British researchers say caution towards living donation in UK must end to ease donor shortage.
"The traditional attitude toward living donors in the United Kingdom [has] been understandably cautious," wrote Michael Nicholson, MD and J. Andrew Bradley MD in the February 13 issue of the British Medical Journal. "However, the severe shortage of cadaveric kidneys and the success of living donor programs in other countries [has] led many British transplant surgeons and nephrologists to reconsider their views."
Live donors account for only 5% to 10% of kidney transplants in the UK and Ireland, whereas 30% and 45% of kidney transplants in the United States and Norway, respectively, come from live donors. This geographic difference, the researchers note, significantly effects outcome. The half-life of a cadaveric kidney is about 8 years, which compares poorly with averages of 12 and 26 years for living donor kidneys matched for 1 and 2 haplotypes, respectively.
Nicholson and Bradley point out that the increasing safety of nephrectomy for live donors is another argument for living donation. Reports in the medical literature indicate that perioperative mortality associated with live kidney donation is only about 0.03% in the UK. Laparoscopic nephrectomy (kidney removal) appears to further decrease the mortality rate and, in some locations, has increased the rate of live kidney donation by up to 85%.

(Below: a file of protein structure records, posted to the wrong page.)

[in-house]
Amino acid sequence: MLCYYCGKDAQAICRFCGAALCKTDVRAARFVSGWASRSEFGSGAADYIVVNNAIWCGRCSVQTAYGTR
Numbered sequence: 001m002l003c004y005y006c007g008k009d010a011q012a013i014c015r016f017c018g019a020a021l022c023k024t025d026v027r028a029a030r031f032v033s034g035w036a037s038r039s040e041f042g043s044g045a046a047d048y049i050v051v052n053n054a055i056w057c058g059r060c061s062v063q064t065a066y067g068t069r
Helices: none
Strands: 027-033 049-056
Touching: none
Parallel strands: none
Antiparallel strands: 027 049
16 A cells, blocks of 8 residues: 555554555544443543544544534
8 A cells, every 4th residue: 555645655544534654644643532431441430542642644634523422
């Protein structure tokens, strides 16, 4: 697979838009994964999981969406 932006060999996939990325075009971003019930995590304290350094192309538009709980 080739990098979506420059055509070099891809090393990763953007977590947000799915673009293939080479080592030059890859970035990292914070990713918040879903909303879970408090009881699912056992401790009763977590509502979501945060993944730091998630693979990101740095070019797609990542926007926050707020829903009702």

In the United States, although the number of living donations from related and unrelated donors is increasing, efforts to reduce kidney transplant waiting times continue to focus on cadaveric donation, said Caroline Halal, director of programs for the American Kidney Fund. According to UNOS spokesman Bob Spieldenner, in 1997, approximately 35,000 patients were on US waiting lists for new kidneys, and 11,470 received transplants. Of these, 3,820 organs came from living donors. "The system is really set up for cadaveric donors," he said. There's no one out there in the US really pushing living donors."
Spieldenner added that, for the most part, live donors have "...some type of relationship..." with the kidney recipient. But he noted that over the past few years, live donors have evolved from being primarily direct family members of the recipient to spouses, friends, and even coworkers. And he said that US physicians do discuss living kidney donation, but on an individual basis. Without live donation, patients in the United States can wait "...a year to 3 years for a kidney," Spieldenner said, and perhaps even longer, if the patient is difficult to match.
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|Comment:||British researchers say caution towards living donation in UK must end to ease donor shortage.|
|Date:||Mar 31, 1999|
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